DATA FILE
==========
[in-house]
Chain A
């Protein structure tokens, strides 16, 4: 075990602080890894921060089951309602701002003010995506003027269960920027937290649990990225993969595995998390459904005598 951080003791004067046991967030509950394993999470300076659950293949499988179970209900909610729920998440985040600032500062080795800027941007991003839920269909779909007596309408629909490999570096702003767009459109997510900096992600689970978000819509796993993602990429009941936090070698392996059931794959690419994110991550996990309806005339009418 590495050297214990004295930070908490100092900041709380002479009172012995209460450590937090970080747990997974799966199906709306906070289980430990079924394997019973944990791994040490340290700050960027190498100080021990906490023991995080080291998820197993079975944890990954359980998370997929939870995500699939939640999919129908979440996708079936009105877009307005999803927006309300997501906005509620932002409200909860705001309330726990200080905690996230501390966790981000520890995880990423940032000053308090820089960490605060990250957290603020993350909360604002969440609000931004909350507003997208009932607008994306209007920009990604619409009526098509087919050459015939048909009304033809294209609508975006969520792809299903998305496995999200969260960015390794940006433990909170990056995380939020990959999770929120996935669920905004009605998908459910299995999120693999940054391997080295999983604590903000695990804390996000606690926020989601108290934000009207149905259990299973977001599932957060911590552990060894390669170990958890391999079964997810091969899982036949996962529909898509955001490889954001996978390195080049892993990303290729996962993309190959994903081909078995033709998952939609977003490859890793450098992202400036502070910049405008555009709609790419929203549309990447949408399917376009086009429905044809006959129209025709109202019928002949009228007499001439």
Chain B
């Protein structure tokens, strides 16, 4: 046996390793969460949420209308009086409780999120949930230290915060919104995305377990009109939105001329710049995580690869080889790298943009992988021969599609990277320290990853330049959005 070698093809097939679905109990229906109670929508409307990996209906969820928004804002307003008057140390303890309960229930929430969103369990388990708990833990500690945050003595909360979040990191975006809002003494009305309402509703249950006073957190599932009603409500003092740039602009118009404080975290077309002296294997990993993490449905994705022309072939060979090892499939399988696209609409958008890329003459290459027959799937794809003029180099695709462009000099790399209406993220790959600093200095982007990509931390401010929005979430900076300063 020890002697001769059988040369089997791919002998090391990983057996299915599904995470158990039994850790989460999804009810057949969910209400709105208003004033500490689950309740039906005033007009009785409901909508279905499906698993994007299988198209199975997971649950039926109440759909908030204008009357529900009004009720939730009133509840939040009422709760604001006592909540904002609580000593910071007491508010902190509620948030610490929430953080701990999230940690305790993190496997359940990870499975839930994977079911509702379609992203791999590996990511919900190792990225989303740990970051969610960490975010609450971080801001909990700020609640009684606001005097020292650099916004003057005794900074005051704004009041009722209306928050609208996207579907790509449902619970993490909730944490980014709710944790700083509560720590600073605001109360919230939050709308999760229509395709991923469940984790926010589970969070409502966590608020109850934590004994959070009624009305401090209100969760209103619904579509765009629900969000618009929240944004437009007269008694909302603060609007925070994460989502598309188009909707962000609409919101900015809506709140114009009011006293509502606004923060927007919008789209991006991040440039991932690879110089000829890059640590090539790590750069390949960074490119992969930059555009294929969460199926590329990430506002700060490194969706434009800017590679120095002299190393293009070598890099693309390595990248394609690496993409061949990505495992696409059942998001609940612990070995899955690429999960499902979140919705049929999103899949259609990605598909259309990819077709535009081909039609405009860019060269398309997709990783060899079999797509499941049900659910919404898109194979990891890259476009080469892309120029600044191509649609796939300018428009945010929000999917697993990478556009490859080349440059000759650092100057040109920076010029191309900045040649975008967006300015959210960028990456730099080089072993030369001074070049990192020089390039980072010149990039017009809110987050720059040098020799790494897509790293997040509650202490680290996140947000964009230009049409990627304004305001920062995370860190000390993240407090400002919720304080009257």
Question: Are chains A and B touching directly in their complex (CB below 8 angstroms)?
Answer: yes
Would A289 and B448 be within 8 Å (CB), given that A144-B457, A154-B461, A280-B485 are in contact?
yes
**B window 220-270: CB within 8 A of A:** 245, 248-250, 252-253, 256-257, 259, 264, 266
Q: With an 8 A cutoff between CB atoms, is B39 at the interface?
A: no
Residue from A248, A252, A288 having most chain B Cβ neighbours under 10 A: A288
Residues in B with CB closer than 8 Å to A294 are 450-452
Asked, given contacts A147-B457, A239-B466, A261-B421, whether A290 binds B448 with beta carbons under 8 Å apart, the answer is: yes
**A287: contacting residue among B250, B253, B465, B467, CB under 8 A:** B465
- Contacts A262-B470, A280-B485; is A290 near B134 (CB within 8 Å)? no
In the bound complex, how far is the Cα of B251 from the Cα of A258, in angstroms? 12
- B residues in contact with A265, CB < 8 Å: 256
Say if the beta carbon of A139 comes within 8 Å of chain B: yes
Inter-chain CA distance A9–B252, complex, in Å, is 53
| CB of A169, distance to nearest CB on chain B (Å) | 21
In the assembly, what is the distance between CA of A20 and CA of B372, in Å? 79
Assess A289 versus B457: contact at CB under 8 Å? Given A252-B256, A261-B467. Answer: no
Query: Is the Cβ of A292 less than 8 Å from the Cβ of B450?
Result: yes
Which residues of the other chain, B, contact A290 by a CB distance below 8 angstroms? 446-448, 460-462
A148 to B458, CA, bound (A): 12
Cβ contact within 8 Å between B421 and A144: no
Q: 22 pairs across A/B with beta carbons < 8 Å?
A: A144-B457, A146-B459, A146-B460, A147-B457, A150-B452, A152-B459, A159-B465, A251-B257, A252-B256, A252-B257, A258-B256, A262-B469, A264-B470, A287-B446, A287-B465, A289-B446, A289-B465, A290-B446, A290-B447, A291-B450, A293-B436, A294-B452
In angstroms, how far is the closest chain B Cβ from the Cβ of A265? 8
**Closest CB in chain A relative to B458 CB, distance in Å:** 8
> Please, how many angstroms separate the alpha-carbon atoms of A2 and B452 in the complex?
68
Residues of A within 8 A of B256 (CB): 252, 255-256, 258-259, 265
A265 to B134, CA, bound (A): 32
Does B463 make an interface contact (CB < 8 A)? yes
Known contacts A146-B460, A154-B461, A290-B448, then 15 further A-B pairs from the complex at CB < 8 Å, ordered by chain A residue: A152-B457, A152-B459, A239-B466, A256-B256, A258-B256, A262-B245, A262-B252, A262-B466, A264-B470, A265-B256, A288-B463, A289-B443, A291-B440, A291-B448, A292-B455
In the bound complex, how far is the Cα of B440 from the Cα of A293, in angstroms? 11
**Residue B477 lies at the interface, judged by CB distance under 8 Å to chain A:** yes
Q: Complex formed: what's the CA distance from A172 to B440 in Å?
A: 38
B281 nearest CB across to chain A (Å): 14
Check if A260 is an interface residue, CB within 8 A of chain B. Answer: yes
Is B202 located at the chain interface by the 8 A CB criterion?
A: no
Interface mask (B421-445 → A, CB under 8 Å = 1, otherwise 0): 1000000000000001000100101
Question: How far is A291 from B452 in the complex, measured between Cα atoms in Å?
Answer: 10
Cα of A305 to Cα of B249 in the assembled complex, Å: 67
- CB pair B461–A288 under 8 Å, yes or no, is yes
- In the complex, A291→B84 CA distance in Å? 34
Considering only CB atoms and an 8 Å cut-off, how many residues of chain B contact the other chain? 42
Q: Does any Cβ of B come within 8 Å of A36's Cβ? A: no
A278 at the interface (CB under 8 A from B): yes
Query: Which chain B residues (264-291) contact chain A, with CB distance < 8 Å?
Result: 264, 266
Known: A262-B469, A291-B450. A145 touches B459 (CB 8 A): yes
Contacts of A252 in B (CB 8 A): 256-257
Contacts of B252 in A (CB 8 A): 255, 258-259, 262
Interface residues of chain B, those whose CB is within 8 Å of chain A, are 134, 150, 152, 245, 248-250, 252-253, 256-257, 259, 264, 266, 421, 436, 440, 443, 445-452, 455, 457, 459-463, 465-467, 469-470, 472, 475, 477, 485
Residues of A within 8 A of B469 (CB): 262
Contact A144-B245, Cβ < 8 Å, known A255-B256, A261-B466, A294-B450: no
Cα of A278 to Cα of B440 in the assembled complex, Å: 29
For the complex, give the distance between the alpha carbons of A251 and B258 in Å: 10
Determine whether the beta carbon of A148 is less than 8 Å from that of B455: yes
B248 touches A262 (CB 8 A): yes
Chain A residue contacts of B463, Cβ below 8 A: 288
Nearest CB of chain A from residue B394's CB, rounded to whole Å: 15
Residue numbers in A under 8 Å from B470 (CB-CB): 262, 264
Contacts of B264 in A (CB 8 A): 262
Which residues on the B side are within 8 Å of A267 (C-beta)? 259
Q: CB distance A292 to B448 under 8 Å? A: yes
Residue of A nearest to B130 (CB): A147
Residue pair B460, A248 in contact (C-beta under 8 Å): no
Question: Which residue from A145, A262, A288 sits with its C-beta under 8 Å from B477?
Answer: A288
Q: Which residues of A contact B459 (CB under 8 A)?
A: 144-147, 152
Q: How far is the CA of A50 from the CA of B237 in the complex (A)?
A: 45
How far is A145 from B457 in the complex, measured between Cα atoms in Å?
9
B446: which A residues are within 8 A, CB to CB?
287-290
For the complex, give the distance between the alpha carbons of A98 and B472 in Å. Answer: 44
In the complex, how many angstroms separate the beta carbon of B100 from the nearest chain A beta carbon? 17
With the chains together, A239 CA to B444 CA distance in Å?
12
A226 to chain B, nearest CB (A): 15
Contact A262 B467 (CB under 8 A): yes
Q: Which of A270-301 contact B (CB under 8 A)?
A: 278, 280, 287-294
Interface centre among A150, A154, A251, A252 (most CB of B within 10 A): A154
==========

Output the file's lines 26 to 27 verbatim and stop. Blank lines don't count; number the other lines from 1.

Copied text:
Result: yes
Which residues of the other chain, B, contact A290 by a CB distance below 8 angstroms? 446-448, 460-462